Advancing technology through research

Universities are the perfect breeding grounds for revolutionary ideas that become medical and technological advancements. They have experienced researchers and teachers, and a continual infusion of new ideas from incoming students.  Existing and start-up businesses are looking for innovations to help them excel and know researchers have the necessary expertise. This relationship fueled technology transfers. 

With technology transfers (or tech transfers), universities and their faculties create research breakthroughs, and then work with existing or start-up businesses to bring the practical applications to the world. In essence, it is pairing the people with the ideas with the resources to bring the ideas to life—creating synergy. 

Three local powerhouses—The University of Cincinnati, Cincy Tech, and Northern Kentucky University—are working together to enhance our community and the world through tech transfers.  Their success is keeping Cincinnati at the forefront of business and academics.

Ideas that Benefit Everyone
While universities and researchers have worked with local businesses for decades, the creation of the Bayh-Doyle congressional act in 1980 spurred the current tech transfer phenomenon. The Bayh-Doyle Act created a universal patent policy that allows non-profits and small businesses to retain the title to any inventions under federally funded research programs.

 “The formation of the Bayh-Doyle offered a big opportunity for universities to invent and own the intellectual property (of the research outcome),” Ellen Monson, Ph.D., says. Monson is UC’s Director of Technology Transfer and Commercialization in the Intellectual Property Office.

She notes that while there are some obligations that are part of being a federally funded program, it is not the only motivation. “Universities are responsible to their communities to facilitate tech transfers for the overall public good.”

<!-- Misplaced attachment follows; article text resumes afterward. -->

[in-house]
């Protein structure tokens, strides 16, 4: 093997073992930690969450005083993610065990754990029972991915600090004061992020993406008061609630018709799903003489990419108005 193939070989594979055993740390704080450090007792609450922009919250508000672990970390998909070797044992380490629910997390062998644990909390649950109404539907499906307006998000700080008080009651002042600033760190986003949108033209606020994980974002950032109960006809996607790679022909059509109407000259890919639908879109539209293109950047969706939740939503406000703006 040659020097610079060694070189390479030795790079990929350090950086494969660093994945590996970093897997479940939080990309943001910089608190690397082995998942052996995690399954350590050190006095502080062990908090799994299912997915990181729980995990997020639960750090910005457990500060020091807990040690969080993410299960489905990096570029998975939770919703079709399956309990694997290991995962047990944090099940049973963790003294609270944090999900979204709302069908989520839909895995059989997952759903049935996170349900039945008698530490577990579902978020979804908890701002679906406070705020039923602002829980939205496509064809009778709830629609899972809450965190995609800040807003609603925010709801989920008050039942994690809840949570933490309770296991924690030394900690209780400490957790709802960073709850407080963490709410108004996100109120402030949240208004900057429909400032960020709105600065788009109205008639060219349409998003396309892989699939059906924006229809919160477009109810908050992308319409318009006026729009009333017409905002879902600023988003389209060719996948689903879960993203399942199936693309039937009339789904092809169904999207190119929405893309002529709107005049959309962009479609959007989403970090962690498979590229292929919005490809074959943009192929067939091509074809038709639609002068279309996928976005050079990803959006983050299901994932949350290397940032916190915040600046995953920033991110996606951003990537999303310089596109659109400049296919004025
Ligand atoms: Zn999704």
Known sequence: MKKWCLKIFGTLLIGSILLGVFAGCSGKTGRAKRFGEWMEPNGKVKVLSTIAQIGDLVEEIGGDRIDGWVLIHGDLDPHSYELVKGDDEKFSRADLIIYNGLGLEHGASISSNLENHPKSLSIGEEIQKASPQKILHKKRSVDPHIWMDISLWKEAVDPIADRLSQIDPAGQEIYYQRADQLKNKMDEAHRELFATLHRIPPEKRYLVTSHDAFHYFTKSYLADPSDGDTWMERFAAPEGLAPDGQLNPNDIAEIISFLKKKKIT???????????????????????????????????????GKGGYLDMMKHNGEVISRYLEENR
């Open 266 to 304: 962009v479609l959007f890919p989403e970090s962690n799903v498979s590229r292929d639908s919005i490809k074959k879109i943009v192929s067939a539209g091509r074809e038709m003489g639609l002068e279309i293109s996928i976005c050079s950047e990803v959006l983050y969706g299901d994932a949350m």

Although programs may approach it differently, the principle is basically the same across the nation. Either a professor/researcher will develop an idea and bring it to the university, who will then license it to a business. Or, a company will come to the university with an idea they would like to test or develop in the academic world before funding practical applications.

Not only is the business benefiting, it also helps the school generate income. This revenue in turn betters the university and what it can offer its students.

For example, during Fiscal Year 2002 to Fiscal Year 2008 UC has:
    •  Reported 692 inventions
    • Filed 338 patent applications (78 patents were issued)
    • Had 135 deals (Option, Licenses, Evaluations, Assignments, Amendments) 
    • Generated $11,178,867 of royalty 
    • Seen 9 start-up activities

But more than just making money, the universities are contributing vital and life-altering advancements. For example, UC’s accomplishments have dated back as far as George Rieveschl’s creation of Benadryl in 1940, Albert Sabin’s Polio Live Virus-Vaccine in 1950, and the more recent Cardiolite technology. (Cardiolite is a cardiovascular imaging agent that gives doctors a noninvasive way to distinguish between functional and nonfunctional heart tissue.)

Working Together to Create Progress

The entities play key roles in successful regional technology transfers. Oftentimes facilities will collaborate to ensure success. The perfect example is Dr. Dorothy Air, Ph.D. She is the Associate Senior VP for Entrepreneurial Affairs at UC and is the VP of Operations at Cincy Tech.

“At UC we are looking at vibrant research enterprises. Out of that there are opportunities for new technology that will benefit society,” Air comments.